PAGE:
Sewn to those black coats and robes

Have you ever wondered about the origins of court attire? The shapeless black and white garb worn by lawyers surely has historical relevance and signifies the ‘uniformity’ of the justice syste

Published: 07th July 2011 11:48 PM  |   Last Updated: 16th May 2012 08:35 PM   |  A+A-


Have you ever wondered about the origins of court attire? The shapeless black and white garb worn by lawyers surely has historical relevance and signifies the ‘uniformity’ of the justice system.

In Chennai’s sweltering heat, these gowns may look stuffy and similar to an untrained eye but a closer look reveal many differences. “It might look the same for public, but we always try to improvise according to the current trend. There are only limited possibilities but we do what we can for the overall look,” says Sadiq Ali, who runs Alisons Law Avenues shop, one of the oldest tailor shops in the vicinity of the Madras High Court. Located at Thambu Chetty Street, just opposite to the court,  Alisons exclusively caters to the clothing needs of law profession. “We stitch complete set of attires for advocates and judges – pants, shirts, coats and robes,” he adds.

The Bar Council of India, the highest statutory body of Indian bar, mandates, “An advocate should appear in court at all times only in the dress prescribed under the Bar Council of India Rules and his appearance should always be presentable”. While the rules carefully define in every possible aspect how an advocate should be dressed in court, they have not remained same over the decades, though.

“Earlier the design was plain. Then suddenly, one day it struck me that I can make it better by putting stripes on pockets,” he says. Actually, the dress code varies at different stages of hierarchy.

While a law student wear only a black tie on white shirt, clerks wear black coats. A male advocate should wear a white or striped black pant, white shirt, a full sleeve black coat. The long black robe is worn above all this. Phew! A female advocate can wear either a sleeveless or a full sleeve coat on sari or churidhar and the long robe. Most importantly, they should wear the collar band to distinct themselves from clerks and there are rules about how it should be buttoned up. Both advocate generals and High Court judges wear similar robes except that judges’ gowns will have an additional flap at the back side.

“We always try to add to the overall look without flouting the Bar Council’s regulations,” says Sadiq, who has even got patents for his design improvisations. Do the robes of judges will have a red stripe as shown in the movie? Sadiq laughs and says they use it give the extra feel.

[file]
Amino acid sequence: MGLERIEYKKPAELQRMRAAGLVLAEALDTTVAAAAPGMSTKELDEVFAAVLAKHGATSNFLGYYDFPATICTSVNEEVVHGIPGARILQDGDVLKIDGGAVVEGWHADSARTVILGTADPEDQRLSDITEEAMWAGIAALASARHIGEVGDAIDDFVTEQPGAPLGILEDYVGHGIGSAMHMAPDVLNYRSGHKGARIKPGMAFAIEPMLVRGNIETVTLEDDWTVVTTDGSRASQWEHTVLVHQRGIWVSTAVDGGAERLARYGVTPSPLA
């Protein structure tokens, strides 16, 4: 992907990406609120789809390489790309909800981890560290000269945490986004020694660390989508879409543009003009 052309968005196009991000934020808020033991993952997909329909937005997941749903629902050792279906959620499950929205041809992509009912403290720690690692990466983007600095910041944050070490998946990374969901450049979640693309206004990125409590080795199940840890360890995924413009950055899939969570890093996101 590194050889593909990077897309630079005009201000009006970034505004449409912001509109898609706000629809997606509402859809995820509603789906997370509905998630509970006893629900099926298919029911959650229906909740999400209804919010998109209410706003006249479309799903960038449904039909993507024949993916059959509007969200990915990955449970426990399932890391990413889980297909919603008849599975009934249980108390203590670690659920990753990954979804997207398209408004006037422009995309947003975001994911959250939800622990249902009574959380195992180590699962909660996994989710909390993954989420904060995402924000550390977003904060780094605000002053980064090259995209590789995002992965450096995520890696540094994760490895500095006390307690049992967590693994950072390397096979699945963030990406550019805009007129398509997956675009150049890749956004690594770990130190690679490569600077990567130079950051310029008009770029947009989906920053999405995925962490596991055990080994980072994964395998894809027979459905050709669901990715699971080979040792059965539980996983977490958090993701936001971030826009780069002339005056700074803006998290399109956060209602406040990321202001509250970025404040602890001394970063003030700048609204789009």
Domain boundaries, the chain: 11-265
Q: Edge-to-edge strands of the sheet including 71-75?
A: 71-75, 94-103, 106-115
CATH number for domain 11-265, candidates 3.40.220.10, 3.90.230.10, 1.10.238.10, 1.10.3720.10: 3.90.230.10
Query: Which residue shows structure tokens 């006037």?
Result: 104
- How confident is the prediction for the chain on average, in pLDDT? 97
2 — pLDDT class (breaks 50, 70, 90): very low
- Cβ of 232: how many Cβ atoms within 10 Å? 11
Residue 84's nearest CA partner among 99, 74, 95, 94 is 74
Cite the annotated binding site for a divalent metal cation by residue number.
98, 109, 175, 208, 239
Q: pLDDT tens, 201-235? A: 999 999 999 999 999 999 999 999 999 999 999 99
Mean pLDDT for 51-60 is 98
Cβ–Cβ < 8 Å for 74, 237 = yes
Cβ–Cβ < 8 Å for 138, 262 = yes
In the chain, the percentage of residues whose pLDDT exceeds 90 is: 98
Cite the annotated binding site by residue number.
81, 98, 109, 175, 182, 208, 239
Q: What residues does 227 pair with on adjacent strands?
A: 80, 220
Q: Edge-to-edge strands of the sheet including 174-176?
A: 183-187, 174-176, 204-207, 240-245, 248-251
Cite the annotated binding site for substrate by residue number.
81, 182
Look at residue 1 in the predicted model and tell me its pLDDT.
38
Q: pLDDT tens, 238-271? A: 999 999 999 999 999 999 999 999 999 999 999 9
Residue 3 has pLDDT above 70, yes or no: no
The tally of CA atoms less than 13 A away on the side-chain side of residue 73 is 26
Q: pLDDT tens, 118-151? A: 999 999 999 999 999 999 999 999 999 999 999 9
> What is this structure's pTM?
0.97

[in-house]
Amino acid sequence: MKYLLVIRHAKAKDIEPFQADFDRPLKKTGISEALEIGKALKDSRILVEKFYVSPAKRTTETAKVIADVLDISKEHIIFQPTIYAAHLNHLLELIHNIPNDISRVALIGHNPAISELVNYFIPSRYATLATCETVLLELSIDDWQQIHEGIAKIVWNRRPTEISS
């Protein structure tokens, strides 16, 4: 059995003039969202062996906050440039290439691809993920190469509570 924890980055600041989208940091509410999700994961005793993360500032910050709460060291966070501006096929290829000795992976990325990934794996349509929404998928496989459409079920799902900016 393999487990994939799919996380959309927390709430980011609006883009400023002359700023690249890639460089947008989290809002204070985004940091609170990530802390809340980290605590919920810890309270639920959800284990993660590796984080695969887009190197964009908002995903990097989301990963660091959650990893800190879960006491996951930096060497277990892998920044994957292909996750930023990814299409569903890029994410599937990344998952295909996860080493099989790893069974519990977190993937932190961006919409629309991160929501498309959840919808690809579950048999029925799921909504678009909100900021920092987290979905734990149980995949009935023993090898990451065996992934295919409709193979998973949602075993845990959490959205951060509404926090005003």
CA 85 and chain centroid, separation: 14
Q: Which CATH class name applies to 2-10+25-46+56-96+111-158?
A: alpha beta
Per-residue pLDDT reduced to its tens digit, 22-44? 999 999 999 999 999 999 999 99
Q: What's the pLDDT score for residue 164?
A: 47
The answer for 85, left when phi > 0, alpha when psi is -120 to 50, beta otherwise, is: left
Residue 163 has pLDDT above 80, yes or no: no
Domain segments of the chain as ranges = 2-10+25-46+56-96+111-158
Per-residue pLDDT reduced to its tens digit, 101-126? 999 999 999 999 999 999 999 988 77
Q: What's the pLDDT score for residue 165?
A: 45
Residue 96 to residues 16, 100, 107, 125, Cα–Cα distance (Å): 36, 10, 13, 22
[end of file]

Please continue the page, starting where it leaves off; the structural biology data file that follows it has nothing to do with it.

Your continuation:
Usually, brands like Raymond, Vimal, Dinesh, OCM are used to stitch coats and robes and says the its longevity depends upon the maintenance. “Dark colours always fade soon. So, if maintained well, the robe can be used upto 7 to 10 years. But there are advocates who find luck factor with their coats and keep it for longer time,” says Sadiq. Even if advocates can wear white pants, Sadiq says, most of them prefer either black or grey colours for its easy maintenance.

While both he and his wife, Yassmeen, are lawyers themselves, Sadiq claims he has stitched robes for advocates from Chennai and Bangalore and also for all the Advocate Generals of Madras High court including Navaneethakrishan, the current AG.

“While we use lighter material here in south, people go for thicker ones in northern states to suit to weather,” he adds. Sadiq recalls how his great grandfather Wazar Ali used to charge just Rs 75 for a robe that used to take an entire day to stitch. “Now I can stitch a robe in about three hours for Rs 750.”

Sadiq says that a lot of tailor shops mushroomed  that excluisvely made stitch robes but most of them closed down, as they  couldn’t sustain the customer base. Now, only his relatives and brothers remain in this business.

Sajid Ali, his brother, has his shop, Alisons Lawman, just a couple of streets away. “Earlier, only the brahmins used to become lawyers. Now it’s different. So, style and requirements have also changed,” he explains. As much as both Alis specialise in personlised stitching, they also make readymade robes in four different sizes.

Interestingly, a fashion technology student and an MBA student have done their project on Sadiq Ali and his business. But ask him why it is important to have an uniform for advocates, he says, “Every profession has its own principles and a uniform dress denotes there is no discrimination. And I’ve seen the joy that students have when become eligible to wear the robe. It’s incredible.”


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